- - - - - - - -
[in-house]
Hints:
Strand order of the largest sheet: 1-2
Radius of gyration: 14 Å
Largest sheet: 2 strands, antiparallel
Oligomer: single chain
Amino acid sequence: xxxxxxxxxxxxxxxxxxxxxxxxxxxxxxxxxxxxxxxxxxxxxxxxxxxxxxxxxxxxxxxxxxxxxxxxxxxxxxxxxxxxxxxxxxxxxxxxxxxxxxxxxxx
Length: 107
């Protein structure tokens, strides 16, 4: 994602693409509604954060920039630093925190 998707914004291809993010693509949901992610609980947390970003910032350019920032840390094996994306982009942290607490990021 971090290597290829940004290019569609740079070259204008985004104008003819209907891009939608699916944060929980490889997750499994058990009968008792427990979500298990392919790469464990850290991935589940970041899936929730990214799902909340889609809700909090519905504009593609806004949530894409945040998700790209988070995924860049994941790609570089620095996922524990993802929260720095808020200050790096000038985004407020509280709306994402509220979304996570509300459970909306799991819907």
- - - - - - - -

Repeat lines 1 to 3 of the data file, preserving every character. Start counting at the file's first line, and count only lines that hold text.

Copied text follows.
[in-house]
Hints:
Strand order of the largest sheet: 1-2